German Chocolate Cake

  • 2 C soy milk
  • 2 tsp apple cider vinegar
  • 1 1/4 C organic sugar
  • 1/4 C agave
  • 1/3 C canola oil (non-gmo)
  • 1/3 C apple sauce
  • 2 tsp vanilla extract
  • 1 tsp almond extract
  • 1 C AP flour
  • 1 C whole wheat pastry flour
  • 2/3 C cocoa powder (this stuff is awesome)
  • 1/4 C instant coffee
  • 1/2 tsp salt
  • 1 tsp baking powder
  • 1 1/2 tsp baking soda

Preheat your oven to 350. Line a square 8 x 8 in cake pan with parchment in the bottom (don’t worry about the sides). You could use a round pan but I was afraid I’d lose too much mass getting it to look like an apple instead of a ball, so I went with the square.

Pour the soy milk and vinegar into your mixing bowl so it can curdle. While this is happening, sift all your dry ingredients into another bowl so they’re ready to dump right in when you want them.

Once the soy milk is curdled, add the rest of the wet ingredients (including the sugar) and whisk thoroughly. You can do this by hand or with the stand mixer of course.

Add the dry ingredients in three portions. You don’t have to fully incorporate each portion before adding the next. You’re just adding the flour a little at a time to help avoid over mixing which will toughen the cake in the end.

Pour the batter into the cake pan and smooth it out a bit if it’s all in the center. Bake until it springs back when touched and a toothpick comes out clean. Mine took around an hour. When it’s done, let it sit for about 5 – 10 minutes and then run a butter knife around the edge of the pan to loosen the sides. Now put a cooling rack on top of the pan and flip the whole thing over. You should be able to remove the pan at this point, and letting the cake cool upside down will help flatten some of that rounded top.

Be sure to make the cake well in advance as it needs plenty of time to cool before you split it in half or thirds. I actually made mine several days before hand, wrapped it in plastic wrap and stuck it in the freezer. It’ll thaw out in just a couple of hours.

Chocolate Buttercream 

So I typically do half Earth Balance stick butter and half cream cheese with my frostings. Ever since I started paying attention to the way foods feel in your mouth (thank you culinary school) I can’t stand the Spectrum shortening; it coats your mouth as that stuff is solid at room temperature and therefore doesn’t really melt when it hits your tongue. You can use all butter of course but I think the cream cheese creates a lighter texture and better flavor.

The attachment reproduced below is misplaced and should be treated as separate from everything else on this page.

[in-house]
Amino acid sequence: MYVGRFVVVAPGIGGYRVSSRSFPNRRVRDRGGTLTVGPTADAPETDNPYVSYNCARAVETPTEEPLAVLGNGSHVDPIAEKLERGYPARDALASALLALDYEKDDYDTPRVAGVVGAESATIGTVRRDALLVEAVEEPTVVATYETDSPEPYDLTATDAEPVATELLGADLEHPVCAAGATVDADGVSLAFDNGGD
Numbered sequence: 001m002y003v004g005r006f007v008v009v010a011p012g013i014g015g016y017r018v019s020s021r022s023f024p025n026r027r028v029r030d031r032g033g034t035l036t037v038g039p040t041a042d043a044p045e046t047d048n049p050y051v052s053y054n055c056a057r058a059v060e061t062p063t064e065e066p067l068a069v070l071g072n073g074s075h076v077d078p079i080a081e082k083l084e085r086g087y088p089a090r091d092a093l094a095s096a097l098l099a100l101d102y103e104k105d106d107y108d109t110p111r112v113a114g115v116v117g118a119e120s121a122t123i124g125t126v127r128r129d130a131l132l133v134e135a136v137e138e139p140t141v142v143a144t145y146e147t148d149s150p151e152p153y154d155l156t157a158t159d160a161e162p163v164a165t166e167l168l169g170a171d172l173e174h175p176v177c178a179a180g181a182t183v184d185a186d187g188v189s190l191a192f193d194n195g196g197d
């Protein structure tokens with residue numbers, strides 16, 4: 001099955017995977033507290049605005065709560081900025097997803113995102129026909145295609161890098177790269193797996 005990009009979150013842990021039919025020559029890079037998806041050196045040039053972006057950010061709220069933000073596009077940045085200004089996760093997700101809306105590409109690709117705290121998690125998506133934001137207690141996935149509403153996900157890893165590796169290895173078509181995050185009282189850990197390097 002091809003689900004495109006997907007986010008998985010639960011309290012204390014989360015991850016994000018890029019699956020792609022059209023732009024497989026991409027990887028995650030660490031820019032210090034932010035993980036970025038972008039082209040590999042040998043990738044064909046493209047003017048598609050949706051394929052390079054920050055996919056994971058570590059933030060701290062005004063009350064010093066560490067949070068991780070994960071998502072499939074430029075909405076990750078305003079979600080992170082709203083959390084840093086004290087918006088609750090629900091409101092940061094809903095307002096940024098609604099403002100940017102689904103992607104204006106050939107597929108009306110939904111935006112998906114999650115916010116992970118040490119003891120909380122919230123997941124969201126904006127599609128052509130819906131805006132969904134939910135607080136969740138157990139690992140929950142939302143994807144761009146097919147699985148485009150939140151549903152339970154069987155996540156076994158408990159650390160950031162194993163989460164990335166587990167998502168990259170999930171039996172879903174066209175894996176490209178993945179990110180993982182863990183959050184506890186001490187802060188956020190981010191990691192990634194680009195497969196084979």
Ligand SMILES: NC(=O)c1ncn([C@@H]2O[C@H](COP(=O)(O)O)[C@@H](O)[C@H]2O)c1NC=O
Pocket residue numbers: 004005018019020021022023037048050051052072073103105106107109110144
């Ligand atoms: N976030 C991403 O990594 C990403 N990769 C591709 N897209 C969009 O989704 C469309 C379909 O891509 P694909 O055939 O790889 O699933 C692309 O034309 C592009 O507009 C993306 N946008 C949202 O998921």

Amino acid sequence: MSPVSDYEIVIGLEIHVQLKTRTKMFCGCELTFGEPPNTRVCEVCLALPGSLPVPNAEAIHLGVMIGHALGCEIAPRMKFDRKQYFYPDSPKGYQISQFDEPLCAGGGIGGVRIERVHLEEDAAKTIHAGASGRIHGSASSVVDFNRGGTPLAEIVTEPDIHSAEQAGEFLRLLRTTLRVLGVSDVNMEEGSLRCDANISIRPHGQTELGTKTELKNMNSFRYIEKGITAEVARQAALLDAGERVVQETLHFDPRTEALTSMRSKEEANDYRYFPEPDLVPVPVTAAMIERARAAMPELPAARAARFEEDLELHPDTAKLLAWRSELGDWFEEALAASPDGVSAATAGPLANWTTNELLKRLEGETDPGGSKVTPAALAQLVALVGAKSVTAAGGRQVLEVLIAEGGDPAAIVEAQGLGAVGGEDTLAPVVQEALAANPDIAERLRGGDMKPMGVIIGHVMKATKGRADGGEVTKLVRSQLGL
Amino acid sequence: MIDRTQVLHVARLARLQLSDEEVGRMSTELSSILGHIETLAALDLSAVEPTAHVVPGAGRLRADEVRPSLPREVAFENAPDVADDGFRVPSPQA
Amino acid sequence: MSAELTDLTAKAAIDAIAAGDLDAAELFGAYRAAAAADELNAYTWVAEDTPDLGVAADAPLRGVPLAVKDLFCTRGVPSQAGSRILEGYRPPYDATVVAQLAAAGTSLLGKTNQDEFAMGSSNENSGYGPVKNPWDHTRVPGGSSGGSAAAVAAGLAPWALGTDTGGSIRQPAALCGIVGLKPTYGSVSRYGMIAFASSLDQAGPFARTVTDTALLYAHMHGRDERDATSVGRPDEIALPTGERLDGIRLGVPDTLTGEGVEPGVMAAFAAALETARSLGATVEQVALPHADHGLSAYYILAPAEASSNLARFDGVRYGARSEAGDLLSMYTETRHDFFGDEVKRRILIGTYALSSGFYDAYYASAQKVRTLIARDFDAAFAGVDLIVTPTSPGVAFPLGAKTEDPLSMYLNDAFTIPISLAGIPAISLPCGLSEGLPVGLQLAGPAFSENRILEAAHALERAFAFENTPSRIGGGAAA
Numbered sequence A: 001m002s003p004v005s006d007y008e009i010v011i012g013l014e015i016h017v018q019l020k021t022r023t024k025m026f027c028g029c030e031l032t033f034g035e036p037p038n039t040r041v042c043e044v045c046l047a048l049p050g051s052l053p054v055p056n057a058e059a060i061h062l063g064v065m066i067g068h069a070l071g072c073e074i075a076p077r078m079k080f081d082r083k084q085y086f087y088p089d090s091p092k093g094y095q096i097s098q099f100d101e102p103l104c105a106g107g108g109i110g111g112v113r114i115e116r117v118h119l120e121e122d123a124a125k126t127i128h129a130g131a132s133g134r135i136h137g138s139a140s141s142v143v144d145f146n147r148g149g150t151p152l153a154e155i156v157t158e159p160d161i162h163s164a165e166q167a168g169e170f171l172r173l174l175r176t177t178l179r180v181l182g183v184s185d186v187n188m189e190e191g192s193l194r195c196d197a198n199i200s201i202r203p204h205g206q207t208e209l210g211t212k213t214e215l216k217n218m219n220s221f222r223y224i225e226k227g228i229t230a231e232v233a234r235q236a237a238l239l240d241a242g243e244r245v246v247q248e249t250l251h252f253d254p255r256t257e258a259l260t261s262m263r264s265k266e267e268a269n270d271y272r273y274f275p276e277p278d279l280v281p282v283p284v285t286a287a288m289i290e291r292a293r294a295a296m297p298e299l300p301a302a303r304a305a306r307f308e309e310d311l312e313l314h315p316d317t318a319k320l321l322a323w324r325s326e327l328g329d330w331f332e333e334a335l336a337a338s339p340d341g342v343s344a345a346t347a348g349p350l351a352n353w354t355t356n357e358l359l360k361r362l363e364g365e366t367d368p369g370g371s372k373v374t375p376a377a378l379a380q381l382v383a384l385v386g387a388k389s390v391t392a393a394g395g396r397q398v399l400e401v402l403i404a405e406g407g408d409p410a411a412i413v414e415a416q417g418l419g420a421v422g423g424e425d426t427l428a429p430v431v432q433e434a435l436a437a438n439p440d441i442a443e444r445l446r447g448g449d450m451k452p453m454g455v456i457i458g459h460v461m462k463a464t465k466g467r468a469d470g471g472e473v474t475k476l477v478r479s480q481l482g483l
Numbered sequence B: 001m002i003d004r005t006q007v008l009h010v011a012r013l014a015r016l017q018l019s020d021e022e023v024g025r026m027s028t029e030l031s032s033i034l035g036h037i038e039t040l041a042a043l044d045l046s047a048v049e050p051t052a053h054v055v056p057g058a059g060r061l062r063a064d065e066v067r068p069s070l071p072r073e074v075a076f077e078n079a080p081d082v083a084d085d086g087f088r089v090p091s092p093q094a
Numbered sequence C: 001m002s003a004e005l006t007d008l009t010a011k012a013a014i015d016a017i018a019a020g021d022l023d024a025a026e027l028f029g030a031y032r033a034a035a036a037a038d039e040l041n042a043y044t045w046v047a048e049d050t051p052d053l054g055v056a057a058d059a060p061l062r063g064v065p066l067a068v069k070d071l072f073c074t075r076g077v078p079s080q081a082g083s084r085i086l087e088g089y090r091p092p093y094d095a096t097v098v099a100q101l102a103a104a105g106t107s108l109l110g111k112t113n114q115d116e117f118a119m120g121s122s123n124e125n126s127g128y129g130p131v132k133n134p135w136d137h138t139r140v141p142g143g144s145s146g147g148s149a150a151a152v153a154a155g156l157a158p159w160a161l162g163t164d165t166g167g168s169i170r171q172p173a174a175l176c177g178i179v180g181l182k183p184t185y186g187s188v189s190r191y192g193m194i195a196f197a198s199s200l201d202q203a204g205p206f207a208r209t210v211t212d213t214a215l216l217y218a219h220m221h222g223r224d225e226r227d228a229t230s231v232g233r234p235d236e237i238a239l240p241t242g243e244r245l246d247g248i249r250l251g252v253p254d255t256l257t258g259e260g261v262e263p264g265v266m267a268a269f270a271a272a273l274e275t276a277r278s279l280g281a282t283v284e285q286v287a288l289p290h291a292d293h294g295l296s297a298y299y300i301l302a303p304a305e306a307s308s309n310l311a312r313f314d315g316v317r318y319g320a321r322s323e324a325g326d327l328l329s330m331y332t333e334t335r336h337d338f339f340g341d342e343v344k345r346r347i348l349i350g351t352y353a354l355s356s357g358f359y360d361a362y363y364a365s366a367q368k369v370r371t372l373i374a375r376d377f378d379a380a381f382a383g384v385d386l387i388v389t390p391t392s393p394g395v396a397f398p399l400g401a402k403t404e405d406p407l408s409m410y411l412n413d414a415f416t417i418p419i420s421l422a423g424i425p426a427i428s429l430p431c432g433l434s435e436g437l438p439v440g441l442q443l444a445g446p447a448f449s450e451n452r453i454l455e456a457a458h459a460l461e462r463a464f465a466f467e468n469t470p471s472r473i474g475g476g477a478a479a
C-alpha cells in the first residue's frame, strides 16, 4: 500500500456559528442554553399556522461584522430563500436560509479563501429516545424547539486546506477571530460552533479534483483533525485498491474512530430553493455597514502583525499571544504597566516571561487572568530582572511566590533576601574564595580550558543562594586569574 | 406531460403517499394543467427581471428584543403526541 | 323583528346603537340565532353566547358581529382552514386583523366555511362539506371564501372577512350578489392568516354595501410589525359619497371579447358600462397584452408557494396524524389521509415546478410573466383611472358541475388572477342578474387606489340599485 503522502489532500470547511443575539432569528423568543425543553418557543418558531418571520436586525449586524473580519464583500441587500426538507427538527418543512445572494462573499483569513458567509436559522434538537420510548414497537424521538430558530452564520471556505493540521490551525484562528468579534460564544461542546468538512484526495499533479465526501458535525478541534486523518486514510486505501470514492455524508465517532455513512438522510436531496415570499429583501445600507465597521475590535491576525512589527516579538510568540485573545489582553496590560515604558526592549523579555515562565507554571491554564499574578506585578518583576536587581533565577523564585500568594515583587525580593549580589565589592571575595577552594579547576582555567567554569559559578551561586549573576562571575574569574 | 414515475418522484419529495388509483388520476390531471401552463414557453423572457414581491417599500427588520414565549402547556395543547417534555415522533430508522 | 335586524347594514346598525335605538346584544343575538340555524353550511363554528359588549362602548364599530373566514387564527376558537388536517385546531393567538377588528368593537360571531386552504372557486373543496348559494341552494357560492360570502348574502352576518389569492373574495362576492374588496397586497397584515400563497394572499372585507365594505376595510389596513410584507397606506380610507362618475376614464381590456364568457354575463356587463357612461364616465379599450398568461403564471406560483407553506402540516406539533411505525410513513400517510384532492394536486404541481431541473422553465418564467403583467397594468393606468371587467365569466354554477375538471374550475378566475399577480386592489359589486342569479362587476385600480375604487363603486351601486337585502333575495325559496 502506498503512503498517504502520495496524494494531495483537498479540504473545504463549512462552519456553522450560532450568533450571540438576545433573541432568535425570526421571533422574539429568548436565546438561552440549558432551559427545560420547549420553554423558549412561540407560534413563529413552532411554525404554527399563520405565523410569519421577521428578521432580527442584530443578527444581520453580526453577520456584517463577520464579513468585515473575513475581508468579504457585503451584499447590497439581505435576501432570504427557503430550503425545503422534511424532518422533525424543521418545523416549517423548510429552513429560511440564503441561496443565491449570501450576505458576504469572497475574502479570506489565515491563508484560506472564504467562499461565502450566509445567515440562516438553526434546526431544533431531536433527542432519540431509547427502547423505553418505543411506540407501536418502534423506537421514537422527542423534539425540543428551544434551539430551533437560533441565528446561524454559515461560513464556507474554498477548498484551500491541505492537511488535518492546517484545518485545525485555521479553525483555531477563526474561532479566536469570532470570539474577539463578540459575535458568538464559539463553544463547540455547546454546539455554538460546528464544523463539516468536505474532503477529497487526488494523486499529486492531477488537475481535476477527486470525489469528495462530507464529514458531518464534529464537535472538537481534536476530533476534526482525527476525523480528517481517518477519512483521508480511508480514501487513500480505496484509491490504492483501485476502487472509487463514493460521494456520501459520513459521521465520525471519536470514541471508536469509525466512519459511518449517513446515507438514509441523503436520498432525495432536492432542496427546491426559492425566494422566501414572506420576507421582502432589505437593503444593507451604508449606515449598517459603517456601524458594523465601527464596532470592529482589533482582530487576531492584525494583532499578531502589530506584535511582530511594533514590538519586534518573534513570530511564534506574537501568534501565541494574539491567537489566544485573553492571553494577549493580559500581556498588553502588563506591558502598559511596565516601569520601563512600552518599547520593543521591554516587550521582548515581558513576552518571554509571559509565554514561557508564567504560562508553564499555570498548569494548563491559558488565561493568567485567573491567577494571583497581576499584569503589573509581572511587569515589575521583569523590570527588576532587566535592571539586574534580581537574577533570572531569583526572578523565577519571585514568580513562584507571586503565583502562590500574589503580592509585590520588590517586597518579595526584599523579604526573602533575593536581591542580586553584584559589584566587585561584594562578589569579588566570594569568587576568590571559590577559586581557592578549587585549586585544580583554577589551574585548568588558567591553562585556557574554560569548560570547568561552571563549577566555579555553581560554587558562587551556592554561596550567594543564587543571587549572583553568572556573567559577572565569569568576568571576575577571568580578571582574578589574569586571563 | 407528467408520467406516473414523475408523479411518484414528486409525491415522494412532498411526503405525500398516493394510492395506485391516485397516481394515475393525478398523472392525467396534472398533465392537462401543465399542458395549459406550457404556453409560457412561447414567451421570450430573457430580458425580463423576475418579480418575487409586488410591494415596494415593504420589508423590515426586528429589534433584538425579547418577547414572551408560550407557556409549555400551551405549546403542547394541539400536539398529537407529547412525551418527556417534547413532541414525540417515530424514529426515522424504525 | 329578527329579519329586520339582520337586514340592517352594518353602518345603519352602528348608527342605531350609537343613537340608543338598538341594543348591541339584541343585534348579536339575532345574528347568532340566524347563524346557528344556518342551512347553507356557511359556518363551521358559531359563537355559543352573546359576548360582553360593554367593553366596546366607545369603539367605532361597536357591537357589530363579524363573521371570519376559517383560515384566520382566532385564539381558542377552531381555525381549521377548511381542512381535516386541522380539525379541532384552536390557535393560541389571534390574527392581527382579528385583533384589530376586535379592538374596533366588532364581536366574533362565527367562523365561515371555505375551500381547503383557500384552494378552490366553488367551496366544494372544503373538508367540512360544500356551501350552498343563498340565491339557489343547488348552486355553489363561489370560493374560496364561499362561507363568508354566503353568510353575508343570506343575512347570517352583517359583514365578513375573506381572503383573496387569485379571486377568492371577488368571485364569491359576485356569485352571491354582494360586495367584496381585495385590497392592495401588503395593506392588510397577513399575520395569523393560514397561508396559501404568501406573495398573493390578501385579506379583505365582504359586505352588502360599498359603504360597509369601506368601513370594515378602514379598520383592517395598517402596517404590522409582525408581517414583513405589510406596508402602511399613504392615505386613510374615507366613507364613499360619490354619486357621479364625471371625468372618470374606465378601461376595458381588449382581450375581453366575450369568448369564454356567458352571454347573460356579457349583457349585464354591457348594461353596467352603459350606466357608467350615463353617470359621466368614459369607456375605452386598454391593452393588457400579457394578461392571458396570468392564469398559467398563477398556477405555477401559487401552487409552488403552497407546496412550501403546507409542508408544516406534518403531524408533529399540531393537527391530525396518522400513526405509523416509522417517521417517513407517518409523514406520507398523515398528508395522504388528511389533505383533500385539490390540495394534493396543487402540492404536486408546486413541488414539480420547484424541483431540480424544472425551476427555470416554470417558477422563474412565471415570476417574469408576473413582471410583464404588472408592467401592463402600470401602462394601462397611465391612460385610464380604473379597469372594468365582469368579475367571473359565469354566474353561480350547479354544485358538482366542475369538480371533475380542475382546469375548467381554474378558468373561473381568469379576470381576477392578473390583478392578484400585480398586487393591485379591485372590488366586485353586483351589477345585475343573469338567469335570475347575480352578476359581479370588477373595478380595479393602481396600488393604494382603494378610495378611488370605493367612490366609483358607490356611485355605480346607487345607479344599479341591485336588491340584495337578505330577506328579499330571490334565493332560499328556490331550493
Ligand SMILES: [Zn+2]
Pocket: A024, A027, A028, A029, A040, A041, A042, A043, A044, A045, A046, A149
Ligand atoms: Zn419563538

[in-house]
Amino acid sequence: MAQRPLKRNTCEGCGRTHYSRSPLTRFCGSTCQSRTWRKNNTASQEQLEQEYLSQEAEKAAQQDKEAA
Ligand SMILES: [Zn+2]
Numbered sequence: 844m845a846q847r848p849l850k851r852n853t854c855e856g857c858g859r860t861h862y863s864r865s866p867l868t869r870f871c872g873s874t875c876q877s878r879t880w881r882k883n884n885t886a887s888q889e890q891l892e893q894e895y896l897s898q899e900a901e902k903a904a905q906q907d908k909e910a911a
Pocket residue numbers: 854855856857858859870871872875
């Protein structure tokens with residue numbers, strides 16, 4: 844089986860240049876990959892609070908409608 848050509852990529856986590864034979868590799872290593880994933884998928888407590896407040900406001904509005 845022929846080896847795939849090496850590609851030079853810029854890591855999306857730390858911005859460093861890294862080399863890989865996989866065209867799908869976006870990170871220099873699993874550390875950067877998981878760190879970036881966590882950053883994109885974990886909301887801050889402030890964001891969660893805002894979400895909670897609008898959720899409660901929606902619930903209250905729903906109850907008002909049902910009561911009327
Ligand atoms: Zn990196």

In general, you use about 4 cups of powdered sugar to every cup of fat, and then augment the consistency with extracts, soy milk, etc. If you’re making chocolate buttercream, you’re obviously going to have cocoa powder in there so you will need more liquid to offset the extra amount of dry ingredients.

The frosting I made for this cake, I didn’t really like it. The flavor was fine but it dried super freaking fast and I had issues/ got tired of working with it when I was finishing the cake, as you can see from the unclean sides in the pictures. The main culprit? I think it was the chocolate. I decided to put melted chocolate in the frosting along with the cocoa powder. I don’t think it was the best idea I’ve ever had. So if you’re making chocolate buttercream, do something like the following recipe.
  • 4 oz Earth Balance Stick butter
  • 4 oz vegan cream cheese
  • 4 C powdered sugar (sifted if lumpy)
  • 1/2 C cocoa powder
  • 1 tsp vanilla extract
  • Soy milk as needed

Have the butter and cream cheese at room temperature and cream them together until it starts to look wet (vegan butter doesn’t get fluffy). Add the vanilla. Add the sugar and cocoa powder in increments so it doesn’t snow in your kitchen. Add the soy milk a tablespoon at a time until you have a thick yet fluffy texture. You can make this ahead of time and just melt it a bit in the microwave and re-whip it with a spatula before using it.

Coconut Pecan Filling

I used this recipe from Mom in the City. I added an extra half cup of organic sugar though as I only had unsweetened coconut on hand and definitely was not going back to the store. Make sure you do this in advance as it needs to cool completely.

Chocolate Ganache

  • 6 oz dark chocolate (or mix of semi-sweet and dark)
  • 2 oz vegan butter (Earth Balance sticks)
  • 2 T soy milk
  • 1/4 tsp vanilla extract
  • pinch of salt

Melt everything in a doubler boiler – aka metal bowl on top of pot with hot water in it – and gently whisk it together. Store it in the fridge until ready to use. When you are ready to use it, melt it down in the microwave in short bursts of time, like 10 – 20 seconds. You need it completely liquidy but it doesn’t need to be super hot. I believe I melted mine down and then let it sit at room temp for awhile. If you’re uber talented you can just pour the ganache along the edge of the cake. If you aren’t so sure, use a piping bag like I did with a small whole or tip at the end and do it the careful way

Assembly

First, you need something to put the cake on. I didn’t have a cake board that was big enough so I cut a side out of a cardboard box and covered it with foil.

Second, you need to shape the cake into the apple. Use a small serrated knife (like a steak knife) and start by rounding the corners. Next make the indentions at the top and bottom of the apple. Get it looking like an apple before taking the “bite” out of the side.